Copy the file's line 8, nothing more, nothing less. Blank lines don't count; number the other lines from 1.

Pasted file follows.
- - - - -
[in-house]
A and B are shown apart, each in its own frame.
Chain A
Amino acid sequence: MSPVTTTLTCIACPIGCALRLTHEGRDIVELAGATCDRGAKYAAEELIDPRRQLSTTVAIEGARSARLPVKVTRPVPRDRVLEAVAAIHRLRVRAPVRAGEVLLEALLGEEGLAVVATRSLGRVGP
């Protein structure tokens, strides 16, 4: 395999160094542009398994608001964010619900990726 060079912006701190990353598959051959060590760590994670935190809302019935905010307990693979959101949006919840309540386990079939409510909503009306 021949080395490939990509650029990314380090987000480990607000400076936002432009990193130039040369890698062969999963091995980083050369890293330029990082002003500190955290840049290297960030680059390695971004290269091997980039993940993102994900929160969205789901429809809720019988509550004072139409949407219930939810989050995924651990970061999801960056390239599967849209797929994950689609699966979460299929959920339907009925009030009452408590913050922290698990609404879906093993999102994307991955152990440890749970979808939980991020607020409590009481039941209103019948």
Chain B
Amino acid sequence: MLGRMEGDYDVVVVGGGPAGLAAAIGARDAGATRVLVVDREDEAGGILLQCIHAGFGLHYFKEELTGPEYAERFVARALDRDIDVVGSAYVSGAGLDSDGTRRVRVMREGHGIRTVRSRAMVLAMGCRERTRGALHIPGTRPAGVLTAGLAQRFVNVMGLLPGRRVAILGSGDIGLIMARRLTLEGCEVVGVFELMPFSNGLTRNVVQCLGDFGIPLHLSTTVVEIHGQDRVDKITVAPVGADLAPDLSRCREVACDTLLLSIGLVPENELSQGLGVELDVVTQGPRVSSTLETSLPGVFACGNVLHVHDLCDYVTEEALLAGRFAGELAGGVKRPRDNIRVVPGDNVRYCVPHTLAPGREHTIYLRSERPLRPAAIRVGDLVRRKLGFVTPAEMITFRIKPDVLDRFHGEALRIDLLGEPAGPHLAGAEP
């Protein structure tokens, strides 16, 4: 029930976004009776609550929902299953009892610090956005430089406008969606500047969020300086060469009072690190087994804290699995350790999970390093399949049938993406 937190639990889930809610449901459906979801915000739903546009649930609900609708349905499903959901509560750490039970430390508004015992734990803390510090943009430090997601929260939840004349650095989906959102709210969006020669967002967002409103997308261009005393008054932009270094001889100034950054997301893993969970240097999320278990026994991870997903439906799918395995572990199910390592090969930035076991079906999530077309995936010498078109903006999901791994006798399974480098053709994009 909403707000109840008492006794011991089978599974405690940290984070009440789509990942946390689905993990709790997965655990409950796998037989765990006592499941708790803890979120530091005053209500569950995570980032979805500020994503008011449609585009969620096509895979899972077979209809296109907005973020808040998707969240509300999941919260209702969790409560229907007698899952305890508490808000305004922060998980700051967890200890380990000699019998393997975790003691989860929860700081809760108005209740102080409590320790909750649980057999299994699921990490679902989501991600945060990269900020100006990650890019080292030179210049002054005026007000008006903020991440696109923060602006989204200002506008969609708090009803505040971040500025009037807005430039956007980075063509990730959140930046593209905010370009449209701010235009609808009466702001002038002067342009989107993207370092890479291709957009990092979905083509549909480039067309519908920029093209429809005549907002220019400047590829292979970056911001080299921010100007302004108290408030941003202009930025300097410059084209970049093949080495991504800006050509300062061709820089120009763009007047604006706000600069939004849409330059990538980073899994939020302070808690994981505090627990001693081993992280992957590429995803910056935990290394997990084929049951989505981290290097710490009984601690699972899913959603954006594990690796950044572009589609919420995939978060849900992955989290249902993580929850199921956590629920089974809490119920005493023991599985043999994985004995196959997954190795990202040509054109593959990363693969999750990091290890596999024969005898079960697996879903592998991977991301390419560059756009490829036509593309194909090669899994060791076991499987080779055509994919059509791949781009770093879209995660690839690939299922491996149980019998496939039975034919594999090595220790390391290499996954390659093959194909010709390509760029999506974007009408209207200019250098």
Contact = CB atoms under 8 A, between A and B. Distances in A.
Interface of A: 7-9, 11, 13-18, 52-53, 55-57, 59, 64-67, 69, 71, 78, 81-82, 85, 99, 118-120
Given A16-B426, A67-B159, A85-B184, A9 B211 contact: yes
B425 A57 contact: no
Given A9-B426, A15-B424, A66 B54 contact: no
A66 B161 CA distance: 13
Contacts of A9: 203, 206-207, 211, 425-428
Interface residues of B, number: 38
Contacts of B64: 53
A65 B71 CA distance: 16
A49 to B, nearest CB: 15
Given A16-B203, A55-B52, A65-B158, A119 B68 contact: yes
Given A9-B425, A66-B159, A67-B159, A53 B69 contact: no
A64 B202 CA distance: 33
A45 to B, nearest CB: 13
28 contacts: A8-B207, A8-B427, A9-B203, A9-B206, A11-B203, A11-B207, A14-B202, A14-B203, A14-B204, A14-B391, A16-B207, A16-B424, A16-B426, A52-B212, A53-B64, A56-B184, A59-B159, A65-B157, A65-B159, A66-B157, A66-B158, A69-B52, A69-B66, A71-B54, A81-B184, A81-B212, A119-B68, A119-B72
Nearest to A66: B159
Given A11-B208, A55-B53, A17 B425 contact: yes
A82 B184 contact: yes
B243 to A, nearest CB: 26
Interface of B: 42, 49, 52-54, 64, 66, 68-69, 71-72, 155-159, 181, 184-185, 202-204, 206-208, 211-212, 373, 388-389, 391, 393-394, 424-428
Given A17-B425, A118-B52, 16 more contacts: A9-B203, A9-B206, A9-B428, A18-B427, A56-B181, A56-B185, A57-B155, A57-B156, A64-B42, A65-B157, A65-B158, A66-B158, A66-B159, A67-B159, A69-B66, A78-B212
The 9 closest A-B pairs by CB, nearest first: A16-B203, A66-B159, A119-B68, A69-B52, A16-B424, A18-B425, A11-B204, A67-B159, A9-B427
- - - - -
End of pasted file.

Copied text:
């Protein structure tokens, strides 16, 4: 029930976004009776609550929902299953009892610090956005430089406008969606500047969020300086060469009072690190087994804290699995350790999970390093399949049938993406 937190639990889930809610449901459906979801915000739903546009649930609900609708349905499903959901509560750490039970430390508004015992734990803390510090943009430090997601929260939840004349650095989906959102709210969006020669967002967002409103997308261009005393008054932009270094001889100034950054997301893993969970240097999320278990026994991870997903439906799918395995572990199910390592090969930035076991079906999530077309995936010498078109903006999901791994006798399974480098053709994009 909403707000109840008492006794011991089978599974405690940290984070009440789509990942946390689905993990709790997965655990409950796998037989765990006592499941708790803890979120530091005053209500569950995570980032979805500020994503008011449609585009969620096509895979899972077979209809296109907005973020808040998707969240509300999941919260209702969790409560229907007698899952305890508490808000305004922060998980700051967890200890380990000699019998393997975790003691989860929860700081809760108005209740102080409590320790909750649980057999299994699921990490679902989501991600945060990269900020100006990650890019080292030179210049002054005026007000008006903020991440696109923060602006989204200002506008969609708090009803505040971040500025009037807005430039956007980075063509990730959140930046593209905010370009449209701010235009609808009466702001002038002067342009989107993207370092890479291709957009990092979905083509549909480039067309519908920029093209429809005549907002220019400047590829292979970056911001080299921010100007302004108290408030941003202009930025300097410059084209970049093949080495991504800006050509300062061709820089120009763009007047604006706000600069939004849409330059990538980073899994939020302070808690994981505090627990001693081993992280992957590429995803910056935990290394997990084929049951989505981290290097710490009984601690699972899913959603954006594990690796950044572009589609919420995939978060849900992955989290249902993580929850199921956590629920089974809490119920005493023991599985043999994985004995196959997954190795990202040509054109593959990363693969999750990091290890596999024969005898079960697996879903592998991977991301390419560059756009490829036509593309194909090669899994060791076991499987080779055509994919059509791949781009770093879209995660690839690939299922491996149980019998496939039975034919594999090595220790390391290499996954390659093959194909010709390509760029999506974007009408209207200019250098």